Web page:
Q. My office manager just forwarded me a series of emails our administrative assistant sent one of our accounting people. Both ladies have spouses who work for overly generous employers who gave employees Dec. 31 as well as Jan. 1 as paid holidays.
Our company didn't. Further, I don't think most employers gave these two days off as paid holidays.
Unfortunately, I don't know how to prove this and ever since New Year's Eve my two employees have been emailing back and forth about Scrooge employers who expected employees to return after a weekend to work "just one day" before another day off.
Help. Was I out of line to expect my employees to work Dec. 31? Our customers certainly expected we'd be available for calls and questions. More importantly, I'm wondering what's going to happen in July, when the Fourth is a Thursday. Will employees expect Friday off as well for two paid holidays?
A. If you didn't give your employees New Year's Eve off as a paid holiday, you're in line with 8 out of 10 employers. According to the Society for Human Resource Management, 78.1 percent of U.S. employers required that employees work the day before New Year's. Further, more than half, or 56.4 percent, of U.S. employers required their employees to work Dec. 24.
At the same time, when your employees consider you a Grinch because you don't provide the same generosity their spouses' employers do -- as happens to most private sector employers when state, federal and municipal employers give extra paid holidays -- your best strategy is the truth. Let your employees read the full SHRM survey, which will additionally surprise them with the information that 89 percent of U.S. employers will expect their employees to work July 5, or to use a day of paid time off (PTO) if they want a four-day weekend.
That said, more may be happening in your workgroup than simply anger over the lack of an additional paid holiday. When employees enjoy their work and have a good relationship with their supervisor, they don't send supervisor-denouncing emails to each other over one decision.
Three possibilities exist:
First, you may be a Grinch. Do you treat your employees with generosity or stinginess all year long? If you're stingy with your employees in flexibility and praise, you're penny wise and pound foolish. Employees commit full effort to help their companies succeed in direct proportion to the degree their supervisors commit to their employees' success.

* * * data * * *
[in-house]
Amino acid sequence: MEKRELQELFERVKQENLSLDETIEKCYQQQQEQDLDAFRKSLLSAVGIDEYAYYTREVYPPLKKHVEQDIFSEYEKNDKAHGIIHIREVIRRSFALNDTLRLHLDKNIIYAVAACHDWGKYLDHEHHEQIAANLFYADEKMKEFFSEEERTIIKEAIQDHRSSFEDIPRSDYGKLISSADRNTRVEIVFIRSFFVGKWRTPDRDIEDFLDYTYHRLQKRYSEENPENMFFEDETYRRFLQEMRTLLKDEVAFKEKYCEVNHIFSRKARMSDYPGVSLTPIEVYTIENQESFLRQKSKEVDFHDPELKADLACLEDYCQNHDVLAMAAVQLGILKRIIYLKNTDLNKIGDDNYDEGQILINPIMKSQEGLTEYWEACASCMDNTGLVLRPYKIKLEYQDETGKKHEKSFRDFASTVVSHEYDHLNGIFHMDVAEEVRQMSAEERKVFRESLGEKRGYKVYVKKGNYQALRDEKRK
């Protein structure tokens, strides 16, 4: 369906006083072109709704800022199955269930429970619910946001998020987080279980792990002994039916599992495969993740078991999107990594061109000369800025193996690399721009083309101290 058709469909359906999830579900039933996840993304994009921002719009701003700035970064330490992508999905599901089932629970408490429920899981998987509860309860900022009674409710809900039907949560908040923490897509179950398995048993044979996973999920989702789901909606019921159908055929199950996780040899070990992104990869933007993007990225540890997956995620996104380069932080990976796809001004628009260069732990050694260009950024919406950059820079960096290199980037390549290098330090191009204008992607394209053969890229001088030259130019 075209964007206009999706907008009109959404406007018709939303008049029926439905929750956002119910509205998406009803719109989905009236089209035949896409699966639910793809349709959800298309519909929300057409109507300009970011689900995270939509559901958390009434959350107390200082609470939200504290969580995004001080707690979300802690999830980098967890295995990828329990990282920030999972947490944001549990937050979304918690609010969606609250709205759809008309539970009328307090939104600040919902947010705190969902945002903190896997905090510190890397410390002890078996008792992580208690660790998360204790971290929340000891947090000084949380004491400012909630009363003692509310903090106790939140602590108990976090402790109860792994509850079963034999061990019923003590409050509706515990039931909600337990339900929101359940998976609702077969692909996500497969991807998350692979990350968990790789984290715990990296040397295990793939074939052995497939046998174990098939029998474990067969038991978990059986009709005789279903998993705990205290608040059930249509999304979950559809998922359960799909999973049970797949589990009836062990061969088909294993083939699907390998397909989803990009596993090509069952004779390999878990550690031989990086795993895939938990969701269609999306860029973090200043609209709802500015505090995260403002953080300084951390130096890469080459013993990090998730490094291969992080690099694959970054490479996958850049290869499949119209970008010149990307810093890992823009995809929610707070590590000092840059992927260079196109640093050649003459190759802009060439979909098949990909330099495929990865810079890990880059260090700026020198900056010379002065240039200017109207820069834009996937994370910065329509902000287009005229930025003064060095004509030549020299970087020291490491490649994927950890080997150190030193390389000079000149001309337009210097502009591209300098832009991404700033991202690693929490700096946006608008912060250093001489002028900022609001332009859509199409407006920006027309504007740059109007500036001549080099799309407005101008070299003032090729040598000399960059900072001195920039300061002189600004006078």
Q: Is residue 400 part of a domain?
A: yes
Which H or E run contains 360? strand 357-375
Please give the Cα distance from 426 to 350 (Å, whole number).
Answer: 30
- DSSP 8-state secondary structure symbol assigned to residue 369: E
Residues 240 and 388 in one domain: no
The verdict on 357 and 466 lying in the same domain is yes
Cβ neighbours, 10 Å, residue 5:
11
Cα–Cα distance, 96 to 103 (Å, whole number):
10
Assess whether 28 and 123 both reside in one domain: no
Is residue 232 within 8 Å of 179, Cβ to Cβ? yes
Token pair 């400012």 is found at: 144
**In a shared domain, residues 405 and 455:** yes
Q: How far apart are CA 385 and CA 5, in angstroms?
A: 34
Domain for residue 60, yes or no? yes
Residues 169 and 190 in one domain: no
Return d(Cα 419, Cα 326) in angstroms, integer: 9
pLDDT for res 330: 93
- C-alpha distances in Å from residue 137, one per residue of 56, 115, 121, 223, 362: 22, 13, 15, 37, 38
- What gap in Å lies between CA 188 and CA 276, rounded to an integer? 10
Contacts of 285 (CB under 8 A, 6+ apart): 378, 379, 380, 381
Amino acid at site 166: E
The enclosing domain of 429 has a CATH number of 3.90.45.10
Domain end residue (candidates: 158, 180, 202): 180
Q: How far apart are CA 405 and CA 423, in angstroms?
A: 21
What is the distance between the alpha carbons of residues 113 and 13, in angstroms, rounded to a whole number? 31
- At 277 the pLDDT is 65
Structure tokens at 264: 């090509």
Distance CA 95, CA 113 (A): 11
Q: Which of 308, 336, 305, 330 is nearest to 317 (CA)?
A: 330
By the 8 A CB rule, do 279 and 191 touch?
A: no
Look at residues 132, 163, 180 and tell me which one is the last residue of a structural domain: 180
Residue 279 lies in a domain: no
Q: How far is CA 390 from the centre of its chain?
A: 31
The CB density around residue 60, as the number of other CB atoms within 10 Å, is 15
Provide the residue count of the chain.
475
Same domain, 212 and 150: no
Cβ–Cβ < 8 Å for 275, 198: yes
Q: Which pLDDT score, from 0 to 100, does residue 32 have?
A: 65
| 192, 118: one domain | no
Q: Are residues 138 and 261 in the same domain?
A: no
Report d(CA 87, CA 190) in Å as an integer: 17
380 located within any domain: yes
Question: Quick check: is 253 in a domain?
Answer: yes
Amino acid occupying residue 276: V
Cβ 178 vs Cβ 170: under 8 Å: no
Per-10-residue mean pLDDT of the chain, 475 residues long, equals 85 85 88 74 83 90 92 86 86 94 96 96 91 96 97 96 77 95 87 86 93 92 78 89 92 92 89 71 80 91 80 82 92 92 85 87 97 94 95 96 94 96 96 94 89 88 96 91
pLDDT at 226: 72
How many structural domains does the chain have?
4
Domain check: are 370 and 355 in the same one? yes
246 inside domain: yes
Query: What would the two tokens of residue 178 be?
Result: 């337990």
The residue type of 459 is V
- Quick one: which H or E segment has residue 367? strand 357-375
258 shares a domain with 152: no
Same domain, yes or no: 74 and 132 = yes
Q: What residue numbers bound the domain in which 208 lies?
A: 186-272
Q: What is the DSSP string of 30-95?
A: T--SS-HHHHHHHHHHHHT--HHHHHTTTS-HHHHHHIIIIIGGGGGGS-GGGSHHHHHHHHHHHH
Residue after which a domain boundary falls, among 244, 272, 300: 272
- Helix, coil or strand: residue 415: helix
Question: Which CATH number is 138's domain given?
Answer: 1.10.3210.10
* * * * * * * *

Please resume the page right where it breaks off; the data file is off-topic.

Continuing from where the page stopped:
Ask yourself, what have you done for your employees this week -- or do you expect that pay adequately compensates your employees? Without an occasional psychological paycheck, employee morale and productivity dwindles.
Second, your employees may be "working" you. How did you learn about their emails to each other? My guess: One of them or another employee who secretly agreed with the two who consider you Scrooge "let" you learn about the venting. Employees quickly learn when a supervisor has an easily reached button and pressure their supervisor by letting them know their employees resent their supervisory decisions.
Third, while your holiday schedule falls in line with most employers', you may want to truly consider your employees' need for work/life balance. Although I read the SHRM survey and learned most employers didn't grant Dec. 24 or 31 as a paid holiday, I gave our employees both days off, realizing that generosity goes a long way in maintaining team morale. Or, if an extra paid holiday would break the budget, what if you allowed a day of guilt-free unpaid leave -- which many employers did the day after Thanksgiving and will do July 5?
Finally, address this situation right away -- make 2013 a year in which you offer all your employees a workplace free from festering discontent.
Dr. Lynne Curry is a management/employee trainer and owner of the consulting firm The Growth Company Inc. Send your questions to her at firstname.lastname@example.org. You can follow Lynne on Twitter @lynnecurry10.